In response to a request for feedback, stakeholders submitted comments on ICER’s draft 2020 value assessment framework last summer, but ICER failed to incorporate their suggestions in several important ways. First and foremost, ICER doubles down on its embrace of the discriminatory QALY measure and its cousin, the equal value of life years gained (evLYG) measure. Stakeholders also called on ICER to meaningfully incorporate patient preferences, but ICER instead opted to ceremonially consider patient input and not commit to patient-centered decision making.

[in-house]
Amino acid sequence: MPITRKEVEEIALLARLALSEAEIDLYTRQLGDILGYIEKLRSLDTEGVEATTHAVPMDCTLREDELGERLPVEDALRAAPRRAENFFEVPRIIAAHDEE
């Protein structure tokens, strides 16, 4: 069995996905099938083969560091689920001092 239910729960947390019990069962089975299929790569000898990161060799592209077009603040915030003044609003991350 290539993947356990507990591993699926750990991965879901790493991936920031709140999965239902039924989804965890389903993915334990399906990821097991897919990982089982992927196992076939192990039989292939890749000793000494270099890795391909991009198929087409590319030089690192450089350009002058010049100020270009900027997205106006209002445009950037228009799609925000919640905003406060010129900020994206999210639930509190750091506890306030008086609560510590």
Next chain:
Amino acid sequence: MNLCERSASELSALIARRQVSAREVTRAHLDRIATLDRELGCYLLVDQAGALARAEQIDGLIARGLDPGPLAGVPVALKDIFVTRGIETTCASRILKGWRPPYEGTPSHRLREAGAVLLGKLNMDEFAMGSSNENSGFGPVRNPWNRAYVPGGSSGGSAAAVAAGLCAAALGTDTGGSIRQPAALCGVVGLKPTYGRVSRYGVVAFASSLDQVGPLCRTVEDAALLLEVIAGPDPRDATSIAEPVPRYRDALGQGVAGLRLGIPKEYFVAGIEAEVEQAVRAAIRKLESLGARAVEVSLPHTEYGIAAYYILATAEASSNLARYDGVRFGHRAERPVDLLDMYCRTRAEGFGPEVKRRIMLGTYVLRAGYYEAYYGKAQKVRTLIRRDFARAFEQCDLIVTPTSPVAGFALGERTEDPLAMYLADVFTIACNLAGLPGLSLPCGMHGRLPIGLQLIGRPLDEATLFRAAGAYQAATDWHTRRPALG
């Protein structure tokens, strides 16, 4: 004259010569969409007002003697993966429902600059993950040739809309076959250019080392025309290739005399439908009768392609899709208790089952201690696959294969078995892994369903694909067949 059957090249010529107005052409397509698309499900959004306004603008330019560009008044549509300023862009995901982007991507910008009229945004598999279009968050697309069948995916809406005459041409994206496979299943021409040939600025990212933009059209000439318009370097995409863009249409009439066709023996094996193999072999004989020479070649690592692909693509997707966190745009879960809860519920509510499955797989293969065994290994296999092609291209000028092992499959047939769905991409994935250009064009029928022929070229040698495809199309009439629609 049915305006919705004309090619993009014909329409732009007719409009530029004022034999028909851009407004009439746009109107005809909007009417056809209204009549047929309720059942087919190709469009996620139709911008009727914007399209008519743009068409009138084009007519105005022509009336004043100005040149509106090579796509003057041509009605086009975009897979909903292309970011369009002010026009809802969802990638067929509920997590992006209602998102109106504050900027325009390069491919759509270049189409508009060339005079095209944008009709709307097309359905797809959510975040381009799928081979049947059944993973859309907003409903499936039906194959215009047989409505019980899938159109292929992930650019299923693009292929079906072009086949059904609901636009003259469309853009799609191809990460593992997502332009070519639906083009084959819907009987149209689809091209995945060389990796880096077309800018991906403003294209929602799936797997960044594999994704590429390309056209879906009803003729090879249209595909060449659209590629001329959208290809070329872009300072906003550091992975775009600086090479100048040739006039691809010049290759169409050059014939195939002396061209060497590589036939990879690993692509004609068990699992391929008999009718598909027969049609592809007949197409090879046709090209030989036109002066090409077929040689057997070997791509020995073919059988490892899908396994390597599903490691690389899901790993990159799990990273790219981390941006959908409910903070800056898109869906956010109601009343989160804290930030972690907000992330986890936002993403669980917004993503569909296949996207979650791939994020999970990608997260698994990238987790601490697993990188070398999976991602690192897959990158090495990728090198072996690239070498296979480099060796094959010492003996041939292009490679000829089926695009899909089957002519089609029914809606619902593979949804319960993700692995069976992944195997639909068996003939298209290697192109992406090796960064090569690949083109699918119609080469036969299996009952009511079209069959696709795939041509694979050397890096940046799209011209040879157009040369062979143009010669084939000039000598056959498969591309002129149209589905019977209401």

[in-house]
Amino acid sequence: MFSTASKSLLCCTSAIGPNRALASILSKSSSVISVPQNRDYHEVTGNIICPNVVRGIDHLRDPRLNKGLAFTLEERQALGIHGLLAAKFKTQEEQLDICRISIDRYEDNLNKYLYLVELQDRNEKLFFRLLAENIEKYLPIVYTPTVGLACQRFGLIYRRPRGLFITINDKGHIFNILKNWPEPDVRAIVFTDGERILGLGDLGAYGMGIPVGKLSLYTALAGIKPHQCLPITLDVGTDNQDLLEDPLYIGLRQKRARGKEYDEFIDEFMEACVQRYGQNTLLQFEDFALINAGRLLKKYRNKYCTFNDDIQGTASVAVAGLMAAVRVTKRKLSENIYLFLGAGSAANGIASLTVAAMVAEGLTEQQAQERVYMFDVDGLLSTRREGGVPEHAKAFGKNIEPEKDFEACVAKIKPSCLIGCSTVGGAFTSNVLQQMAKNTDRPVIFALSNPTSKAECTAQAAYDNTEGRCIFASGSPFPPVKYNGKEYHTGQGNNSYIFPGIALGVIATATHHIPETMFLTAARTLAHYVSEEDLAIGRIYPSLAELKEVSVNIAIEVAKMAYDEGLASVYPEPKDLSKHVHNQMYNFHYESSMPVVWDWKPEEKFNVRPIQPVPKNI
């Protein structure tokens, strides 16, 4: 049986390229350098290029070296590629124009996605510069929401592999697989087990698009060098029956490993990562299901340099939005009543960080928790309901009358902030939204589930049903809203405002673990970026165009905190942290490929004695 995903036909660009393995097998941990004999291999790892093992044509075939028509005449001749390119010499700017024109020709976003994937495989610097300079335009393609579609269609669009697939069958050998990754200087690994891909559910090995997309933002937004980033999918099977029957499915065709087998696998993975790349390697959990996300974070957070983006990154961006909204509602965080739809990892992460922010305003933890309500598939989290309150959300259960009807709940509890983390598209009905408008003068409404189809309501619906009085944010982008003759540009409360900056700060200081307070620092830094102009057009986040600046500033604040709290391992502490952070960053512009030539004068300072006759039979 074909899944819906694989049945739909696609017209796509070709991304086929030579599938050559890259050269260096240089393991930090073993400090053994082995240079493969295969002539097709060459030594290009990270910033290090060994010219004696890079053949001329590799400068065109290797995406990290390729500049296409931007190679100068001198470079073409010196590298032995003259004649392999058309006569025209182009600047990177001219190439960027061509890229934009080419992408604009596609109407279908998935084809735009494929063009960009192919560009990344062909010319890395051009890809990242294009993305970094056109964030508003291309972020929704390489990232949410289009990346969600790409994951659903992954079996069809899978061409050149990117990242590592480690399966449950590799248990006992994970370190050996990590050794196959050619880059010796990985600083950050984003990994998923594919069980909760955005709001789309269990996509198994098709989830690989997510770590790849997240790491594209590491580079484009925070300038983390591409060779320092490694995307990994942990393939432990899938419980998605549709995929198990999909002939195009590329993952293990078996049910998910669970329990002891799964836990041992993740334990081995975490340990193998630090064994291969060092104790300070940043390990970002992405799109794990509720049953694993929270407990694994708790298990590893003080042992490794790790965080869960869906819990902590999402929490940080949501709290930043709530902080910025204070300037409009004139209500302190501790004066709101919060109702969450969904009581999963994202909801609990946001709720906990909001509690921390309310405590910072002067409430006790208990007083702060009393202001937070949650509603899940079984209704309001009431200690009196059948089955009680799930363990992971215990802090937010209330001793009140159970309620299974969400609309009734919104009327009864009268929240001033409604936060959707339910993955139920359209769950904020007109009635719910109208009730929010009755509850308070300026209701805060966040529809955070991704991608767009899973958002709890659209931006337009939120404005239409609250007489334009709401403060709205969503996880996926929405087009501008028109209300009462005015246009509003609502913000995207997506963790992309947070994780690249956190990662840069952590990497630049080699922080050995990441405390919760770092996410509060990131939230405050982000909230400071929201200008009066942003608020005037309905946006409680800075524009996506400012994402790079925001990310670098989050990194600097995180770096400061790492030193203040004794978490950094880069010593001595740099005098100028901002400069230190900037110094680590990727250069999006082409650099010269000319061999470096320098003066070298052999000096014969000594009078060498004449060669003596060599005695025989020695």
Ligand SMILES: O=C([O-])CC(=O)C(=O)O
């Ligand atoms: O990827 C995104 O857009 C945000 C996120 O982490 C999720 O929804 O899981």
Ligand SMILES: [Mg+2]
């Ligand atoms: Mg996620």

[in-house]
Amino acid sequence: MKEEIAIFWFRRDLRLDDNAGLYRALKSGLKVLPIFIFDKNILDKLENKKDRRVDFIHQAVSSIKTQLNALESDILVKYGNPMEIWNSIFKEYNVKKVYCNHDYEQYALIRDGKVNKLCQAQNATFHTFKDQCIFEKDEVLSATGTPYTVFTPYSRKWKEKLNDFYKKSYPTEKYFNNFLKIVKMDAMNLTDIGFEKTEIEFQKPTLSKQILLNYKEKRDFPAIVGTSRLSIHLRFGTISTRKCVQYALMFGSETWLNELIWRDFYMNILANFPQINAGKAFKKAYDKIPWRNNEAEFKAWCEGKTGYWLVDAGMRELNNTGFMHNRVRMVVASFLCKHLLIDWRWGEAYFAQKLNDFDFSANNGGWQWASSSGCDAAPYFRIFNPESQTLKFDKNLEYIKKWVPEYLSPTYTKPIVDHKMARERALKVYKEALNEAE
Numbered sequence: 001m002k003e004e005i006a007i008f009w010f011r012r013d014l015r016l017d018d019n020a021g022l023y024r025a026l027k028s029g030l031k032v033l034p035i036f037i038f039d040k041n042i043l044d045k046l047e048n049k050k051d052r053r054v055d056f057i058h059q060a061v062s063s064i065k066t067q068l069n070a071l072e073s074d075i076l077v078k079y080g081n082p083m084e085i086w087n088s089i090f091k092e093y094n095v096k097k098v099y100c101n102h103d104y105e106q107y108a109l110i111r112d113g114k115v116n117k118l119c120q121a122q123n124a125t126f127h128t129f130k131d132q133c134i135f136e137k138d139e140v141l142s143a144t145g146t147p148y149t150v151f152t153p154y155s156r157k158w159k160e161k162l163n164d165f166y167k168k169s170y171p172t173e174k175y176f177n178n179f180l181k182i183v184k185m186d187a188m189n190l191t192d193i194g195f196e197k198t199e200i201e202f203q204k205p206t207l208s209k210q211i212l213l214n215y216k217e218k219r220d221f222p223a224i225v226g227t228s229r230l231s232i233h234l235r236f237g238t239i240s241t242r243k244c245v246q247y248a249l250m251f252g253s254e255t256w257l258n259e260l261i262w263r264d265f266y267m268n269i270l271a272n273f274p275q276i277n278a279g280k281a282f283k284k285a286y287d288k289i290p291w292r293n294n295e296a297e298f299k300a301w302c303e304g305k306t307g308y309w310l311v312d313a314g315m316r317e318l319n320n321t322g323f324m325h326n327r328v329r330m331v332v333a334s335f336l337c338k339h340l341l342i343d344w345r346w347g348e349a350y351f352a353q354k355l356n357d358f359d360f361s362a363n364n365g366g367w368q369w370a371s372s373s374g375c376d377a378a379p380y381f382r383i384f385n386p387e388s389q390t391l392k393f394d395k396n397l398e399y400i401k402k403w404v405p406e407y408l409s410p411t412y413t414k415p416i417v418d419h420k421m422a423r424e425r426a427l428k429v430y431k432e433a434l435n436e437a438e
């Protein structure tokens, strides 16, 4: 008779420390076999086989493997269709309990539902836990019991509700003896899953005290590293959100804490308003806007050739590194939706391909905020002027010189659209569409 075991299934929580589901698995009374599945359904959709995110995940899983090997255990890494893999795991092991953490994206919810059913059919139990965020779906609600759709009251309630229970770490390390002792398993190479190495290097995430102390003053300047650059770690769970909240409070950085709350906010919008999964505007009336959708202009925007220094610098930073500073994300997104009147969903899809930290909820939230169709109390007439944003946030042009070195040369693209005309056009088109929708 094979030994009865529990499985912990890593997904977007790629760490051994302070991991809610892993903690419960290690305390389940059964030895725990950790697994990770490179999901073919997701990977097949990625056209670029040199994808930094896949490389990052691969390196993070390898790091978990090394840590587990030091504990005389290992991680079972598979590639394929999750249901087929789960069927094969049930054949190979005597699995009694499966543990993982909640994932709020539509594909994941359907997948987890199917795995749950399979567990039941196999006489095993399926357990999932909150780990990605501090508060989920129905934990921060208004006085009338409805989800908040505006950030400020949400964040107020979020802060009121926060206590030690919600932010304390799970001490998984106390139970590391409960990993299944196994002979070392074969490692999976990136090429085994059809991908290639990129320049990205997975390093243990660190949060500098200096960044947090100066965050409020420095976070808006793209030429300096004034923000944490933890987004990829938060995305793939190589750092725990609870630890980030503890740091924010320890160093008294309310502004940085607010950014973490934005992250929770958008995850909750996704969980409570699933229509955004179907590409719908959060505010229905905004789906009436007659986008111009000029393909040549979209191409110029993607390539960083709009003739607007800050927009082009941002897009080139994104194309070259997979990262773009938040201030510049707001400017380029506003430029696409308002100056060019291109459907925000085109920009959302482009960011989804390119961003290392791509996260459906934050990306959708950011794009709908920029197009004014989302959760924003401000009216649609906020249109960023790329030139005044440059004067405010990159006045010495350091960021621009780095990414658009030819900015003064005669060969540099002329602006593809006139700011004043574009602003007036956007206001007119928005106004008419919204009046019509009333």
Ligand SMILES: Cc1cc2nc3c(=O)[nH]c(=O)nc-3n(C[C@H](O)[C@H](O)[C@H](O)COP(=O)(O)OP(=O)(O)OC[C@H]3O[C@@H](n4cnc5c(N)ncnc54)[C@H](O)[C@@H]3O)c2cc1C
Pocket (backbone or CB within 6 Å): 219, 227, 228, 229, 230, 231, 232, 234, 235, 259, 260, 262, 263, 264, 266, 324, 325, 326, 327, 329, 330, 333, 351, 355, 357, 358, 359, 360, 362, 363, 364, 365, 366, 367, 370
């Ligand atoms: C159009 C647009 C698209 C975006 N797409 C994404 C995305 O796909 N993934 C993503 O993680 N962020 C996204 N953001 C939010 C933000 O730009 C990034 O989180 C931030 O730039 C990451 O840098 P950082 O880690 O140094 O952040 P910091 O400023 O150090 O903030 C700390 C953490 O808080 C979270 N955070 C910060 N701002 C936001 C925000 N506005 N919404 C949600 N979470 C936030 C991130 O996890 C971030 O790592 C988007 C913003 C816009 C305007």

Unfortunately, ICER’s updated framework does not take a meaningful turn towards patient-centeredness. Under these revised guidelines, ICER will continue to use discriminatory measures to argue for reduced access to life-changing treatments.